Jacques Seysses, from Domaine Dujac, and Aubert de Villaines, from iconic Domaine de la Romanée Conti, have teamed up with Michel Macaux, a Parisian, to acquire a 46-hectare Mediterranean estate.
The 2022 IGP Mediterranee Rosé, mostly Cinsault alongside Grenache, Syrah and Merlot, exhales a fresh, delicate bouquet with aromas of red berries, lemon, pomegranate, wild strawberry and spices.
Juicy, fresh and perfectly balanced, with a delicate, sappy texture, it’s long with mineral acids, iodine notes and a penetrating, mouthwatering finish. This is worth hunting down.
Drink 2023 - 2025
Yohan Castaing, Wine Advocate (June 2023)
About this WINE
Domaine de Triennes
Domaine de Triennes was founded in 1989 by two superstars of Burgundy, Jacques Seyss of Domaine Dujac and Aubert de Villaine of Domaine de la Romanée-Conti. This estate, high up in the hills of the Var region of Provence, is fast establishing itself as one of the finest in the region.
Situated deep in truffle country, vines have been grown here for two thousand years. The name of the estate comes from the triennia, the festivities held in honour of Bacchus that took place every three years in Roman times.
This 40 hectare domaine boasts a range of grape varieties including Syrah, Viognier, Carignan, Cinsault, Chardonnay, Cabernet Sauvignon and Merlot. The cool nights and slow ripening produces top quality fruit that is shaped into ripe but extremely elegant wines by Jacques's talented son, Jeremy, who runs the estate.
Domaine de Triennes have an organic Ecocert certification and their St. Fleur Viogner is certified Biodynamic as of the 2011 vintage.
Côteaux Varois lies in the heart of the Var department, and is sandwiched between two portions of the Côtes de Provence appellation.
It is was elevated to AOC status as recently as 1993 (having been upgraded from Vin de Pays to Vin Délimité de Qualité Supérieure in 1985). The region enjoys a Mediterranean climate, sheltered from the influences of extreme heat by the Sainte-Baume mountains. As a result, grapes are harvested in early November – two months later than the rest of Provence.
Rosé constitutes over 60 percent of the region’s production, followed by 35 percent red and a smattering of white wine.
Côteaux Varois is home to numerous grape varieties, the most prominent of which are Grenache, Cinsault, Mourvèdre, Syrah and Carignan, followed by the increasingly popular Cabernet Sauvignon and Merlot. The principal white grapes include Viogner, Roussanne, Marsanne and Chardonnay.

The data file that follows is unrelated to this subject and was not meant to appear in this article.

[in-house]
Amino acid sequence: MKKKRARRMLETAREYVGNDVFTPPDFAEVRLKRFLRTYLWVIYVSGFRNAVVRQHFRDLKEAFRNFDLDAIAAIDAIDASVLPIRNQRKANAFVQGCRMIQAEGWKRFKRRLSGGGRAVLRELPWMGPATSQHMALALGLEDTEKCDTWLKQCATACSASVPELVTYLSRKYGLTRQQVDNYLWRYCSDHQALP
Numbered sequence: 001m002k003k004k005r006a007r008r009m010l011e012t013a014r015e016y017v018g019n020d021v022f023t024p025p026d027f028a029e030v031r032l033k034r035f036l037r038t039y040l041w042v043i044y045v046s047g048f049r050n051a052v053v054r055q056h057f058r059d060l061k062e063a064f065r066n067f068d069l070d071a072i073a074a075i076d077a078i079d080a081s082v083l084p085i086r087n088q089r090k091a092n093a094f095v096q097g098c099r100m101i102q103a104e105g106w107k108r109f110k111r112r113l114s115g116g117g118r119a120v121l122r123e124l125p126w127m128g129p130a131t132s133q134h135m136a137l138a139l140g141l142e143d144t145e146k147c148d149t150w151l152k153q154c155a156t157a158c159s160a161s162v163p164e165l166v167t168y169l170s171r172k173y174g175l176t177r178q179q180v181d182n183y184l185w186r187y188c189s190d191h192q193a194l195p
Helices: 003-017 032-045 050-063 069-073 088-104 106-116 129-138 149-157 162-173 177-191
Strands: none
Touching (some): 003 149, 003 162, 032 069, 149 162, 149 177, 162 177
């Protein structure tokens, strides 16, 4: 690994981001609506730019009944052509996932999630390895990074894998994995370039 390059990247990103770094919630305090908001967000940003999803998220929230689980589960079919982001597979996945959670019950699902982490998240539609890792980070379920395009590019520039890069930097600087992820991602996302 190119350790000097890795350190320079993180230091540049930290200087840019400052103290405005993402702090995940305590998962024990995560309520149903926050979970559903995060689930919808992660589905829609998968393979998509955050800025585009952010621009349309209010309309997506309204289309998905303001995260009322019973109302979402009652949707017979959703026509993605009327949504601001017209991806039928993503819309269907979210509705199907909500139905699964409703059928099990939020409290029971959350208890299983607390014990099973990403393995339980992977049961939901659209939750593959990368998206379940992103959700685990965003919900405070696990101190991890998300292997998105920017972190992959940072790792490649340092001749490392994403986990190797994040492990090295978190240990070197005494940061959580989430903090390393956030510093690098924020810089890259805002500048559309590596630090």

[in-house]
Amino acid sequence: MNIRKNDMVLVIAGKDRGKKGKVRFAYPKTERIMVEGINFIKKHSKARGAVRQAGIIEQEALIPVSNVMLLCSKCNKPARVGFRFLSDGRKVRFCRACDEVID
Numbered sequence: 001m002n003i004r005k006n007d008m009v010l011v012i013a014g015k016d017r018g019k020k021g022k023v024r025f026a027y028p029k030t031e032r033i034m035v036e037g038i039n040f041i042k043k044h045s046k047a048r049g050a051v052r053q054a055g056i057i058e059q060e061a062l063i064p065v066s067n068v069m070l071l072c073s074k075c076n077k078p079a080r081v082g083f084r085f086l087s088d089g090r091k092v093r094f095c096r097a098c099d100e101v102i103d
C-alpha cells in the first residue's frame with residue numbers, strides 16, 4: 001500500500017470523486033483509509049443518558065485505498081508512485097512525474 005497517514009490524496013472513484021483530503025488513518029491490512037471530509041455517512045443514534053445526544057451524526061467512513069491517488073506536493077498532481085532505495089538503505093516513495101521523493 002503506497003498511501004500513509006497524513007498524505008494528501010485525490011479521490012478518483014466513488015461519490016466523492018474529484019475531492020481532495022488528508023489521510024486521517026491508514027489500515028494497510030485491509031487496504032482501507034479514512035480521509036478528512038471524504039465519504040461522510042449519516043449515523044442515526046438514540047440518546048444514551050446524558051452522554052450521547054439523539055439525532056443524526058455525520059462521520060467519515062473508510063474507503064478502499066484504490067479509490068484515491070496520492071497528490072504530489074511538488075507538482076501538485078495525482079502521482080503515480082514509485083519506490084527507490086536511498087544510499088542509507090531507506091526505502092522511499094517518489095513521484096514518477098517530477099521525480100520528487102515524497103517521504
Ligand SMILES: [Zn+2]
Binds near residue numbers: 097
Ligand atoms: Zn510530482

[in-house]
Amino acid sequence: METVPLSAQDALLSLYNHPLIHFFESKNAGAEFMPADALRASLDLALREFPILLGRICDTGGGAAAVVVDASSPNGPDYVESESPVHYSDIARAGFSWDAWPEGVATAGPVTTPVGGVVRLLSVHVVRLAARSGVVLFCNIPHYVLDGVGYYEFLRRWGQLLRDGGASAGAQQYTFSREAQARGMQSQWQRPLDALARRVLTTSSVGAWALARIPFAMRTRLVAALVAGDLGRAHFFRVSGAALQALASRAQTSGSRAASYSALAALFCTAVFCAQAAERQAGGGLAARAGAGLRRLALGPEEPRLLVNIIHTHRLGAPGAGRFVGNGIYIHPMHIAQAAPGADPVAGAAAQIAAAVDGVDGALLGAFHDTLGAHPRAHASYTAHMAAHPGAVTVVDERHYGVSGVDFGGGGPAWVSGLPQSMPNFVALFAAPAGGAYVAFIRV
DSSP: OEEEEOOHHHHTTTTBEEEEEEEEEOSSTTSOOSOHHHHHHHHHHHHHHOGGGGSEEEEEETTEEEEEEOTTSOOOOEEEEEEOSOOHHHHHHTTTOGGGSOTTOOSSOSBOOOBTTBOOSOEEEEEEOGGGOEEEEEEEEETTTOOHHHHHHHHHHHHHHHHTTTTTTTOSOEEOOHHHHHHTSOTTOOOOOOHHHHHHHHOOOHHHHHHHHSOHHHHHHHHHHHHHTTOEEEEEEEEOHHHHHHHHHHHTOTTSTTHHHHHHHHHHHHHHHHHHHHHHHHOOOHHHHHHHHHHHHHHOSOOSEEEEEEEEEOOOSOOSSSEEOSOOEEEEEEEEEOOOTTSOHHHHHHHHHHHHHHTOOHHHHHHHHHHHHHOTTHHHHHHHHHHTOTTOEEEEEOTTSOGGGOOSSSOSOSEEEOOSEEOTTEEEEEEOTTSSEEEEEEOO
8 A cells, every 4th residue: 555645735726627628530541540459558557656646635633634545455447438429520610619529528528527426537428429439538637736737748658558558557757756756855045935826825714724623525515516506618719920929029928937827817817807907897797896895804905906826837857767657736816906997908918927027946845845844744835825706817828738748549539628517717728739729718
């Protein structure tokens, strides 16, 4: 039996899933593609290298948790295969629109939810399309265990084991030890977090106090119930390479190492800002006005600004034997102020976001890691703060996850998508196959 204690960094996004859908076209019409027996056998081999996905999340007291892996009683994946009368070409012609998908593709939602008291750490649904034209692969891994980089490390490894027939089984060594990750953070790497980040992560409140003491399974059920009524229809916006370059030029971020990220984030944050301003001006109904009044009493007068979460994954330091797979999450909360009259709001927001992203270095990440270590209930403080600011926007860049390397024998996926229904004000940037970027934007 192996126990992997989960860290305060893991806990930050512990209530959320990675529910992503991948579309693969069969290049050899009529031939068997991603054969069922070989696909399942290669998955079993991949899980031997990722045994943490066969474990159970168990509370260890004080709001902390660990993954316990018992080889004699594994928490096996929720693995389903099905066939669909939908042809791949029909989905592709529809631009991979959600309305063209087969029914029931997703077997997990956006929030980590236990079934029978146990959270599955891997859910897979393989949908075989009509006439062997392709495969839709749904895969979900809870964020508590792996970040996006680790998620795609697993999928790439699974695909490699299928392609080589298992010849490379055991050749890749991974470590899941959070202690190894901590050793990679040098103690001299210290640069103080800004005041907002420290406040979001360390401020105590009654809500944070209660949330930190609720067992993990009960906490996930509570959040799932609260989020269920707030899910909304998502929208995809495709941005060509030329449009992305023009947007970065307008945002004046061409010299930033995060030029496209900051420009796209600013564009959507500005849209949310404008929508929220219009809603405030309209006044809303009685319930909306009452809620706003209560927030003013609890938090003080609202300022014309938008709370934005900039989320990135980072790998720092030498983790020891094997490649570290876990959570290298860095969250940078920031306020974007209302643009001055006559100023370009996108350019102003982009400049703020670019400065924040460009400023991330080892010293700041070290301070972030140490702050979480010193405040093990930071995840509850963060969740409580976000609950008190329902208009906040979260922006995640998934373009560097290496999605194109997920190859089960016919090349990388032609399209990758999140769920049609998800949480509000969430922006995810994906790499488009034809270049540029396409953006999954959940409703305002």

Grenache (Noir) is widely grown and comes in a variety of styles. Believed to originate in Spain, it was, in the late 20th century, the most widely planted black grape variety in the world. Today it hovers around seventh in the pecking order. It tends to produce very fruity, rich wines that can range quite widely in their level of tannin.
In many regions – most famously the Southern Rhône, where it complements Syrah and Mourvèdre, among other grapes – it adds backbone and colour to blends, but some of the most notable Châteauneuf du Pape producers (such as Château Rayas) make 100 percent Grenache wines. The grape is a component in many wines of the Languedoc (where you’ll also find its lighter-coloured forms, Grenache Gris and Blanc) and is responsible for much southern French rosé – taking the lead in most Provence styles.
Found all over Spain as Garnacha Tinta (spelt Garnaxa in Catalonia), the grape variety is increasingly detailed on wine labels there. Along with Tempranillo, it forms the majority of the blend for Rioja’s reds and has been adopted widely in Navarra, where it produces lighter styles of red and rosado (rosé). It can also be found operating under a pseudonym, Cannonau, in Sardinia.
Beyond Europe, Grenache is widely planted in California and Australia, largely thanks to its ability to operate in high temperatures and without much water. Particularly in the Barossa Valley, there are some extraordinary dry-farmed bush vines, some of which are centuries old and produce wines of startling intensity.